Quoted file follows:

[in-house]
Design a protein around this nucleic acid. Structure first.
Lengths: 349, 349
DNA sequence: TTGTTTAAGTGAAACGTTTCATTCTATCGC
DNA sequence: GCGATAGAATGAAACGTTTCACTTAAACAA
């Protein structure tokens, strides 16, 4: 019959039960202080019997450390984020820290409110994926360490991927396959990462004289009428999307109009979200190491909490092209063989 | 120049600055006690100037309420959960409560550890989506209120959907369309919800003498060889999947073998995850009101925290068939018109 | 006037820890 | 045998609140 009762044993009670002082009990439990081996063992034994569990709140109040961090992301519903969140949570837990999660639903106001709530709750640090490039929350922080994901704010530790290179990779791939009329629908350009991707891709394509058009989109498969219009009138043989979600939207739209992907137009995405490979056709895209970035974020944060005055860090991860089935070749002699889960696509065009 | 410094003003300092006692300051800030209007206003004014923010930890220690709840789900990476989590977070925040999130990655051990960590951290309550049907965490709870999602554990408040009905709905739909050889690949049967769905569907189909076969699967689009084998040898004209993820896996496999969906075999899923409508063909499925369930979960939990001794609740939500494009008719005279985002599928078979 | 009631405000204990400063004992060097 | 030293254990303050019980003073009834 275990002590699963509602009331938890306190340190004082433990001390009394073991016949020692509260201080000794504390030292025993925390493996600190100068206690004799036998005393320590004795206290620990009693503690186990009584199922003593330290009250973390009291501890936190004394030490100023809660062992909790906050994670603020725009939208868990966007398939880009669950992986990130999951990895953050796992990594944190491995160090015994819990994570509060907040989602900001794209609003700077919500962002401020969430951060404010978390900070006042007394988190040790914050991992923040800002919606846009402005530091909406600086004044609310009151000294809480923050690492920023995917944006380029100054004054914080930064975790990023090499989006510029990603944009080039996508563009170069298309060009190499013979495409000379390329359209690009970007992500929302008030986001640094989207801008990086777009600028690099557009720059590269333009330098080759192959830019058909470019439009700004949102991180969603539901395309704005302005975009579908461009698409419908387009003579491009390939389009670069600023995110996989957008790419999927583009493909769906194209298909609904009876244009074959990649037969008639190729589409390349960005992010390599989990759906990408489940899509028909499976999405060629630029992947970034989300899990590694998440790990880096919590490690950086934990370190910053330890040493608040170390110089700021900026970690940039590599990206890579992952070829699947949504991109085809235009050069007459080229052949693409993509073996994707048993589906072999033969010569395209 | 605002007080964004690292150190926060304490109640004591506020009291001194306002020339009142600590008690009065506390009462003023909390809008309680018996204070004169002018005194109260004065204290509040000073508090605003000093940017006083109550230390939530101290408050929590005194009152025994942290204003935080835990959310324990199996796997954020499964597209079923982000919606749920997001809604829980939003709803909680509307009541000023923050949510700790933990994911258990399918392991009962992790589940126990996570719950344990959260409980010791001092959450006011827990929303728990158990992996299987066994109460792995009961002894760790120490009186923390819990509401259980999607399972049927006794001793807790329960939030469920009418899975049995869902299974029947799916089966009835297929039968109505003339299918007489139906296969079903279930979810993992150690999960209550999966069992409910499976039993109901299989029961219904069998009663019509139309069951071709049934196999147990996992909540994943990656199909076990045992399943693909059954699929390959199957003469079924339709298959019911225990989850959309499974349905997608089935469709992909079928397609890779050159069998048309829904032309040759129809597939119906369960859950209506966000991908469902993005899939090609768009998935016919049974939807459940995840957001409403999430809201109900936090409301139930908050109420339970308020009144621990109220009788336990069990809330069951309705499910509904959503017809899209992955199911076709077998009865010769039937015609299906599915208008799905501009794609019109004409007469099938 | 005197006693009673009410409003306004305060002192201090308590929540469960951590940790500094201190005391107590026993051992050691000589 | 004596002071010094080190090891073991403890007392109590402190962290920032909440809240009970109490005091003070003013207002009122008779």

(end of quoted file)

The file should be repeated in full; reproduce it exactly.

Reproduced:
[in-house]
Design a protein around this nucleic acid. Structure first.
Lengths: 349, 349
DNA sequence: TTGTTTAAGTGAAACGTTTCATTCTATCGC
DNA sequence: GCGATAGAATGAAACGTTTCACTTAAACAA
């Protein structure tokens, strides 16, 4: 019959039960202080019997450390984020820290409110994926360490991927396959990462004289009428999307109009979200190491909490092209063989 | 120049600055006690100037309420959960409560550890989506209120959907369309919800003498060889999947073998995850009101925290068939018109 | 006037820890 | 045998609140 009762044993009670002082009990439990081996063992034994569990709140109040961090992301519903969140949570837990999660639903106001709530709750640090490039929350922080994901704010530790290179990779791939009329629908350009991707891709394509058009989109498969219009009138043989979600939207739209992907137009995405490979056709895209970035974020944060005055860090991860089935070749002699889960696509065009 | 410094003003300092006692300051800030209007206003004014923010930890220690709840789900990476989590977070925040999130990655051990960590951290309550049907965490709870999602554990408040009905709905739909050889690949049967769905569907189909076969699967689009084998040898004209993820896996496999969906075999899923409508063909499925369930979960939990001794609740939500494009008719005279985002599928078979 | 009631405000204990400063004992060097 | 030293254990303050019980003073009834 275990002590699963509602009331938890306190340190004082433990001390009394073991016949020692509260201080000794504390030292025993925390493996600190100068206690004799036998005393320590004795206290620990009693503690186990009584199922003593330290009250973390009291501890936190004394030490100023809660062992909790906050994670603020725009939208868990966007398939880009669950992986990130999951990895953050796992990594944190491995160090015994819990994570509060907040989602900001794209609003700077919500962002401020969430951060404010978390900070006042007394988190040790914050991992923040800002919606846009402005530091909406600086004044609310009151000294809480923050690492920023995917944006380029100054004054914080930064975790990023090499989006510029990603944009080039996508563009170069298309060009190499013979495409000379390329359209690009970007992500929302008030986001640094989207801008990086777009600028690099557009720059590269333009330098080759192959830019058909470019439009700004949102991180969603539901395309704005302005975009579908461009698409419908387009003579491009390939389009670069600023995110996989957008790419999927583009493909769906194209298909609904009876244009074959990649037969008639190729589409390349960005992010390599989990759906990408489940899509028909499976999405060629630029992947970034989300899990590694998440790990880096919590490690950086934990370190910053330890040493608040170390110089700021900026970690940039590599990206890579992952070829699947949504991109085809235009050069007459080229052949693409993509073996994707048993589906072999033969010569395209 | 605002007080964004690292150190926060304490109640004591506020009291001194306002020339009142600590008690009065506390009462003023909390809008309680018996204070004169002018005194109260004065204290509040000073508090605003000093940017006083109550230390939530101290408050929590005194009152025994942290204003935080835990959310324990199996796997954020499964597209079923982000919606749920997001809604829980939003709803909680509307009541000023923050949510700790933990994911258990399918392991009962992790589940126990996570719950344990959260409980010791001092959450006011827990929303728990158990992996299987066994109460792995009961002894760790120490009186923390819990509401259980999607399972049927006794001793807790329960939030469920009418899975049995869902299974029947799916089966009835297929039968109505003339299918007489139906296969079903279930979810993992150690999960209550999966069992409910499976039993109901299989029961219904069998009663019509139309069951071709049934196999147990996992909540994943990656199909076990045992399943693909059954699929390959199957003469079924339709298959019911225990989850959309499974349905997608089935469709992909079928397609890779050159069998048309829904032309040759129809597939119906369960859950209506966000991908469902993005899939090609768009998935016919049974939807459940995840957001409403999430809201109900936090409301139930908050109420339970308020009144621990109220009788336990069990809330069951309705499910509904959503017809899209992955199911076709077998009865010769039937015609299906599915208008799905501009794609019109004409007469099938 | 005197006693009673009410409003306004305060002192201090308590929540469960951590940790500094201190005391107590026993051992050691000589 | 004596002071010094080190090891073991403890007392109590402190962290920032909440809240009970109490005091003070003013207002009122008779």